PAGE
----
Olympus E-P3 full review
This upgrade of the E-P2 currently tops the Olympus range. The E-P3 is a camera to satiate enthusiast as much as consumer, even though its 12.3-megapixel resolution has stayed the same since 2009. While the E-PL3 has lost a flash, Olympus’ flagship model has finally gained one, plus it offers the best build quality on test, thanks to the preponderance of metal. Inevitably, this doesn’t make the E-P3 the most portable option, especially with whisper quiet 14-42mm kit lens attached, but it’s clearly the most impressive compact system camera Olympus has produced.
The handgrip is now removable to show off more of the faceplate, and the rear monitor, while fixed, is now a 3in touchscreen and deploys OLED rather than LCD technology for better contrast and a more life-like display. While its exterior remains delightfully retro, the innards are bang up to date; and you’ll find that alternating between physical buttons and virtual controls quickly becomes intuitive and actually saves time. The E-P3 also features the same Live Guide as the E-PL3, and there are 10 digital filter effects, two more than its E-P2 forebear. Dramatic Tone worked best for us with its intense, gritty look; miniature mode was less effective than that offered by rivals.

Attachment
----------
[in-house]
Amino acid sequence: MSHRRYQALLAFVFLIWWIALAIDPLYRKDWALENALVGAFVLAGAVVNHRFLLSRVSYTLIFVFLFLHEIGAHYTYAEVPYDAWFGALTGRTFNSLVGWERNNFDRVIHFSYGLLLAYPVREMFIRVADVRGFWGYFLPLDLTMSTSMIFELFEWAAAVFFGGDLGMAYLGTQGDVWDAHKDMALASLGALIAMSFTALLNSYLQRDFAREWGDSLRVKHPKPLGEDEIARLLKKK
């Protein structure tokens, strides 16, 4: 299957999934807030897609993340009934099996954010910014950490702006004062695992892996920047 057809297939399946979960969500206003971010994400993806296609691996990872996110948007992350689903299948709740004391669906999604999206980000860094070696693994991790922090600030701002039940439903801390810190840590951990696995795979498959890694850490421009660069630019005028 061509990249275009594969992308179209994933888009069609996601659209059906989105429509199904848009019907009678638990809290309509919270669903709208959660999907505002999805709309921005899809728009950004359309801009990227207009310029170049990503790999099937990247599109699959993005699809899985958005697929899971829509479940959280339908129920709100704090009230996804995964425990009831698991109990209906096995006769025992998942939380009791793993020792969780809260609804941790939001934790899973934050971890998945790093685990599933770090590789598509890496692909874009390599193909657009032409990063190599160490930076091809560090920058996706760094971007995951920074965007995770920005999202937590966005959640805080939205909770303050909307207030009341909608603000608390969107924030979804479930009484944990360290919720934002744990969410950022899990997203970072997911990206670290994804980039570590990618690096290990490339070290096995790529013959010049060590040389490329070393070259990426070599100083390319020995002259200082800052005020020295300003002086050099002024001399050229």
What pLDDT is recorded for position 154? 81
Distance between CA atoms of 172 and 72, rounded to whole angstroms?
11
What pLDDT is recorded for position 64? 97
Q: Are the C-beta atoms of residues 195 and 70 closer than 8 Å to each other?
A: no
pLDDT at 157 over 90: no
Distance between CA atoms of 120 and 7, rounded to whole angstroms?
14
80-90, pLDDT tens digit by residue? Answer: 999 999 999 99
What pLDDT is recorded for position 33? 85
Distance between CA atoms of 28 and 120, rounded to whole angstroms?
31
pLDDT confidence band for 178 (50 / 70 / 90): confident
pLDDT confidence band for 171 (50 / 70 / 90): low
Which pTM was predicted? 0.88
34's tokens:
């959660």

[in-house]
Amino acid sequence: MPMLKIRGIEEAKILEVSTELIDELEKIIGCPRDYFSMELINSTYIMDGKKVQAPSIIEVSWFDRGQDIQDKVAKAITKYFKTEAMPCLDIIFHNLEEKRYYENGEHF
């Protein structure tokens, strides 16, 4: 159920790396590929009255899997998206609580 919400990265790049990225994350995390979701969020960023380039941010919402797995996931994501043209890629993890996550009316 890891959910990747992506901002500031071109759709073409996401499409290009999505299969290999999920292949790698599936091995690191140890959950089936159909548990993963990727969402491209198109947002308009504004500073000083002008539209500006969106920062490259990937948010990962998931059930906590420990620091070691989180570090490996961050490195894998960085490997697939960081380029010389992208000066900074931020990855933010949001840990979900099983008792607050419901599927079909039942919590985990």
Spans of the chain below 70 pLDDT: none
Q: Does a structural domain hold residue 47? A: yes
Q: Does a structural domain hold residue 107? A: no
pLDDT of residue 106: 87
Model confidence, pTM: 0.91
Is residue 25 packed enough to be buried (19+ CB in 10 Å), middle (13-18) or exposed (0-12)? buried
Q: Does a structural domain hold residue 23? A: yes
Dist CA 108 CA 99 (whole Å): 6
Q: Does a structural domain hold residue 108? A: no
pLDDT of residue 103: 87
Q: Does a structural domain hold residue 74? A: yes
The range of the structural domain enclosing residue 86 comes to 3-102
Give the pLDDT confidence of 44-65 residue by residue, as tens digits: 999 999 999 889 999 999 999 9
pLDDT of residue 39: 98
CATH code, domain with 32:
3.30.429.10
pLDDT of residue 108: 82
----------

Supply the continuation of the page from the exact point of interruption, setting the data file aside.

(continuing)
Utilising contrast-detection autofocus the E-P3 is blisteringly fast – indeed like the E-PL3 it features what Olympus claims is the ‘world’s fastest AF’ among interchangeable lens cameras. We tested it alongside Panasonic’s DMC-GF3 and can declare a draw, however. From startup we were able to take a picture as fast as our forefinger could find the shutter release button, which is on a par with any DSLR. Battery life was good for 330 shots.
While the kit lens isn’t as sharp as a DSLR with its own standard zoom, it is the cheapest option. Those with higher demands and deeper pockets may like to go for the metal-and-glass-construction 12mm prime lens.
Olympus’ third-generation E-P3 is unarguably the finest interchangeable lens compact the company has produced